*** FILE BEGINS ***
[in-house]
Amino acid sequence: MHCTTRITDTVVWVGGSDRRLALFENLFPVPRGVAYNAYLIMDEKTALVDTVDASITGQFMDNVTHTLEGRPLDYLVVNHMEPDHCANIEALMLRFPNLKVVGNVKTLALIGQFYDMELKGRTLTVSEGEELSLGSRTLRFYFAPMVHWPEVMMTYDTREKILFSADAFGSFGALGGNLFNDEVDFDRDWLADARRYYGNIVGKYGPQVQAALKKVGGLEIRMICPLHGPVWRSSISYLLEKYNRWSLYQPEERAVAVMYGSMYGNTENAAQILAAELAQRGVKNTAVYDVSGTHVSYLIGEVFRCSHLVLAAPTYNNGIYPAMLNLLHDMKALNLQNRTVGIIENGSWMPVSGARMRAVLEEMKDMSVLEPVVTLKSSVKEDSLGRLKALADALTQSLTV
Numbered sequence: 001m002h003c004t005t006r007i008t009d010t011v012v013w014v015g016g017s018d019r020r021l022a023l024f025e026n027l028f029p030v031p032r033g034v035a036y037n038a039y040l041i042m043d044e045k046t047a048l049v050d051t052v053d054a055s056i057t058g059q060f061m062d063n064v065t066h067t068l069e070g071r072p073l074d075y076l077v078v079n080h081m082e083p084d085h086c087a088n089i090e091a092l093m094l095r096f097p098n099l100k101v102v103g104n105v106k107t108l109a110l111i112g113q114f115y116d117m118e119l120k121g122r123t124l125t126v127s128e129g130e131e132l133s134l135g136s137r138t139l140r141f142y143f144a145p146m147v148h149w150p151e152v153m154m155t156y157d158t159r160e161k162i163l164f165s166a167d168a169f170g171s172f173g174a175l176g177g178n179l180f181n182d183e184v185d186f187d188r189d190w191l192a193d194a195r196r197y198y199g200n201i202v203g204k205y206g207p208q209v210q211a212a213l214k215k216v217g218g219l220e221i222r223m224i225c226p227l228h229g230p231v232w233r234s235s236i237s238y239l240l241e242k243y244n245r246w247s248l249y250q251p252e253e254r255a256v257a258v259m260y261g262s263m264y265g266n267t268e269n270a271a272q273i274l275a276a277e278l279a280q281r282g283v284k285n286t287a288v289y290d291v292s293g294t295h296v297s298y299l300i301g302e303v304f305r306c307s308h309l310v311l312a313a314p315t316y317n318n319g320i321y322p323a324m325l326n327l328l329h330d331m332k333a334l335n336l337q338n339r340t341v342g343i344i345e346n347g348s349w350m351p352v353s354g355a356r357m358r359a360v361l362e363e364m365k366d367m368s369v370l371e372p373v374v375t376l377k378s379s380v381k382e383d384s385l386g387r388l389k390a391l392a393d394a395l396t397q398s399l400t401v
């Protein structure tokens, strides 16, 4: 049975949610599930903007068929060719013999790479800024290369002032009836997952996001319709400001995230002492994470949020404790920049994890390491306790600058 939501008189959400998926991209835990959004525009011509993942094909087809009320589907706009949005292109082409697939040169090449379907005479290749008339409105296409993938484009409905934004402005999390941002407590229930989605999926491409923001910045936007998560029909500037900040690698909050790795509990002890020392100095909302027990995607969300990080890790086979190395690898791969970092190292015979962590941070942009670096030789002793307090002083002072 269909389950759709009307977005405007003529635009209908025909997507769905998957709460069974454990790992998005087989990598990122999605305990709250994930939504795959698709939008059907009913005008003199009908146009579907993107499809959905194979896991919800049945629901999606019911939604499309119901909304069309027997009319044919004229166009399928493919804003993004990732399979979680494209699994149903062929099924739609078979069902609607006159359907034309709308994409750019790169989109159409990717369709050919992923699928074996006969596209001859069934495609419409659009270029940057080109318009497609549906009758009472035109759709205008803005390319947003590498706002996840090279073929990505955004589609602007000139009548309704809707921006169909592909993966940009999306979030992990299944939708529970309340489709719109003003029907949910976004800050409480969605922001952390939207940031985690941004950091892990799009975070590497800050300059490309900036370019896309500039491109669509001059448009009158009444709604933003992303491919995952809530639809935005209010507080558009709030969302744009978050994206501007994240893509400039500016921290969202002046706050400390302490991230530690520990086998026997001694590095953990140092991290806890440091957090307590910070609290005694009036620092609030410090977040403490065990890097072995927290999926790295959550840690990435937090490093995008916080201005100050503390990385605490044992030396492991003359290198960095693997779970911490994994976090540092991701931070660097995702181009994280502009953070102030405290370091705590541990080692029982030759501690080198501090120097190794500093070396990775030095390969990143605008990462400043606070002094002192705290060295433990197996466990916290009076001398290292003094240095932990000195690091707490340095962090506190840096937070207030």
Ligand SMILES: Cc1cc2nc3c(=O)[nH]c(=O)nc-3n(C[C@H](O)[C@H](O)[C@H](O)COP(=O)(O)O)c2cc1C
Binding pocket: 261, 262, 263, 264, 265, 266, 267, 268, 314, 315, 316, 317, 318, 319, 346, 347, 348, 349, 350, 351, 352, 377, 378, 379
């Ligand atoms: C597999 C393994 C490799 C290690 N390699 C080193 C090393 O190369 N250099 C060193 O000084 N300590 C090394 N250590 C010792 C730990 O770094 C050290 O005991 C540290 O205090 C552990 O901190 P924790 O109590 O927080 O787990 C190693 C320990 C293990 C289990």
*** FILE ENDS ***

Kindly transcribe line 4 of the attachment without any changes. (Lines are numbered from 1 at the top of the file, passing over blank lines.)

């Protein structure tokens, strides 16, 4: 049975949610599930903007068929060719013999790479800024290369002032009836997952996001319709400001995230002492994470949020404790920049994890390491306790600058 939501008189959400998926991209835990959004525009011509993942094909087809009320589907706009949005292109082409697939040169090449379907005479290749008339409105296409993938484009409905934004402005999390941002407590229930989605999926491409923001910045936007998560029909500037900040690698909050790795509990002890020392100095909302027990995607969300990080890790086979190395690898791969970092190292015979962590941070942009670096030789002793307090002083002072 269909389950759709009307977005405007003529635009209908025909997507769905998957709460069974454990790992998005087989990598990122999605305990709250994930939504795959698709939008059907009913005008003199009908146009579907993107499809959905194979896991919800049945629901999606019911939604499309119901909304069309027997009319044919004229166009399928493919804003993004990732399979979680494209699994149903062929099924739609078979069902609607006159359907034309709308994409750019790169989109159409990717369709050919992923699928074996006969596209001859069934495609419409659009270029940057080109318009497609549906009758009472035109759709205008803005390319947003590498706002996840090279073929990505955004589609602007000139009548309704809707921006169909592909993966940009999306979030992990299944939708529970309340489709719109003003029907949910976004800050409480969605922001952390939207940031985690941004950091892990799009975070590497800050300059490309900036370019896309500039491109669509001059448009009158009444709604933003992303491919995952809530639809935005209010507080558009709030969302744009978050994206501007994240893509400039500016921290969202002046706050400390302490991230530690520990086998026997001694590095953990140092991290806890440091957090307590910070609290005694009036620092609030410090977040403490065990890097072995927290999926790295959550840690990435937090490093995008916080201005100050503390990385605490044992030396492991003359290198960095693997779970911490994994976090540092991701931070660097995702181009994280502009953070102030405290370091705590541990080692029982030759501690080198501090120097190794500093070396990775030095390969990143605008990462400043606070002094002192705290060295433990197996466990916290009076001398290292003094240095932990000195690091707490340095962090506190840096937070207030």